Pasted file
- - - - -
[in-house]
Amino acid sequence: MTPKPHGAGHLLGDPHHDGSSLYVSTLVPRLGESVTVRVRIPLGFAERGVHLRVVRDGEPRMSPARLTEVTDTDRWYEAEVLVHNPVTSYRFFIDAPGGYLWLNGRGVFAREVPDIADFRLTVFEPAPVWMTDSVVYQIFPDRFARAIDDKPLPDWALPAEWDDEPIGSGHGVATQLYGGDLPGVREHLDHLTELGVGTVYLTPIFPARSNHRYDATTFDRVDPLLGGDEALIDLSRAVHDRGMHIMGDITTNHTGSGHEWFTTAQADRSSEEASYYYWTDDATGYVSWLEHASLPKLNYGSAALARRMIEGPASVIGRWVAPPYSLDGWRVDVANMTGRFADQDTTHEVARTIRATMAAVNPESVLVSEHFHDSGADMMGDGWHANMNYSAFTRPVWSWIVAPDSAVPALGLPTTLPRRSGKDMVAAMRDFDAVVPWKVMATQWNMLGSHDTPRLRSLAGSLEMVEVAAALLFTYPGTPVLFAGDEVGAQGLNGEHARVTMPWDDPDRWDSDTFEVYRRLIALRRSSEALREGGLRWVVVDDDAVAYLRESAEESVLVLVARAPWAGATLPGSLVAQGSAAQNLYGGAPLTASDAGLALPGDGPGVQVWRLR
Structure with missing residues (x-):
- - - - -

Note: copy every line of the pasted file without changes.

[in-house]
Amino acid sequence: MTPKPHGAGHLLGDPHHDGSSLYVSTLVPRLGESVTVRVRIPLGFAERGVHLRVVRDGEPRMSPARLTEVTDTDRWYEAEVLVHNPVTSYRFFIDAPGGYLWLNGRGVFAREVPDIADFRLTVFEPAPVWMTDSVVYQIFPDRFARAIDDKPLPDWALPAEWDDEPIGSGHGVATQLYGGDLPGVREHLDHLTELGVGTVYLTPIFPARSNHRYDATTFDRVDPLLGGDEALIDLSRAVHDRGMHIMGDITTNHTGSGHEWFTTAQADRSSEEASYYYWTDDATGYVSWLEHASLPKLNYGSAALARRMIEGPASVIGRWVAPPYSLDGWRVDVANMTGRFADQDTTHEVARTIRATMAAVNPESVLVSEHFHDSGADMMGDGWHANMNYSAFTRPVWSWIVAPDSAVPALGLPTTLPRRSGKDMVAAMRDFDAVVPWKVMATQWNMLGSHDTPRLRSLAGSLEMVEVAAALLFTYPGTPVLFAGDEVGAQGLNGEHARVTMPWDDPDRWDSDTFEVYRRLIALRRSSEALREGGLRWVVVDDDAVAYLRESAEESVLVLVARAPWAGATLPGSLVAQGSAAQNLYGGAPLTASDAGLALPGDGPGVQVWRLR
Structure with missing residues (x-):